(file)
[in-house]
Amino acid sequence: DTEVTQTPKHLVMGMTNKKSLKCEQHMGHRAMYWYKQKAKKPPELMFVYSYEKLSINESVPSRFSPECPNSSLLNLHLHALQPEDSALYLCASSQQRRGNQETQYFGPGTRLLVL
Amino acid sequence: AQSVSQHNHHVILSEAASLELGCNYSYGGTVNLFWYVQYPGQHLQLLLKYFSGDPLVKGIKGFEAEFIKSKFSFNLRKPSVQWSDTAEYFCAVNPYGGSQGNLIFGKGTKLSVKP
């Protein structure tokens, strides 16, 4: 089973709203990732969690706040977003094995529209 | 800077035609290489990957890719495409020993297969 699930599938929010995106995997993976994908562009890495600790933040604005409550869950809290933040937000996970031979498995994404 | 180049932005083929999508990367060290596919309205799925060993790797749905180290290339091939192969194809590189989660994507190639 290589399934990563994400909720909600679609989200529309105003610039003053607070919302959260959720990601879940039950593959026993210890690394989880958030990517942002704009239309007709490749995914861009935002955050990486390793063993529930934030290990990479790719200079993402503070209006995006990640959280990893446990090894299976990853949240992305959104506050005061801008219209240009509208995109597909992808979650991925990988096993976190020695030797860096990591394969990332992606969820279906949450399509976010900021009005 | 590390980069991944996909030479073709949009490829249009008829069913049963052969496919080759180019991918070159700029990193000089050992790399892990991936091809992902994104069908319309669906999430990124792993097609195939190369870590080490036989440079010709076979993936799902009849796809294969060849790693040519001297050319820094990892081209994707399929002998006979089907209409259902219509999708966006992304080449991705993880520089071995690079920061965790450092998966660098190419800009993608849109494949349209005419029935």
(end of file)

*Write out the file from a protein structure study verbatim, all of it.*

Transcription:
[in-house]
Amino acid sequence: DTEVTQTPKHLVMGMTNKKSLKCEQHMGHRAMYWYKQKAKKPPELMFVYSYEKLSINESVPSRFSPECPNSSLLNLHLHALQPEDSALYLCASSQQRRGNQETQYFGPGTRLLVL
Amino acid sequence: AQSVSQHNHHVILSEAASLELGCNYSYGGTVNLFWYVQYPGQHLQLLLKYFSGDPLVKGIKGFEAEFIKSKFSFNLRKPSVQWSDTAEYFCAVNPYGGSQGNLIFGKGTKLSVKP
């Protein structure tokens, strides 16, 4: 089973709203990732969690706040977003094995529209 | 800077035609290489990957890719495409020993297969 699930599938929010995106995997993976994908562009890495600790933040604005409550869950809290933040937000996970031979498995994404 | 180049932005083929999508990367060290596919309205799925060993790797749905180290290339091939192969194809590189989660994507190639 290589399934990563994400909720909600679609989200529309105003610039003053607070919302959260959720990601879940039950593959026993210890690394989880958030990517942002704009239309007709490749995914861009935002955050990486390793063993529930934030290990990479790719200079993402503070209006995006990640959280990893446990090894299976990853949240992305959104506050005061801008219209240009509208995109597909992808979650991925990988096993976190020695030797860096990591394969990332992606969820279906949450399509976010900021009005 | 590390980069991944996909030479073709949009490829249009008829069913049963052969496919080759180019991918070159700029990193000089050992790399892990991936091809992902994104069908319309669906999430990124792993097609195939190369870590080490036989440079010709076979993936799902009849796809294969060849790693040519001297050319820094990892081209994707399929002998006979089907209409259902219509999708966006992304080449991705993880520089071995690079920061965790450092998966660098190419800009993608849109494949349209005419029935």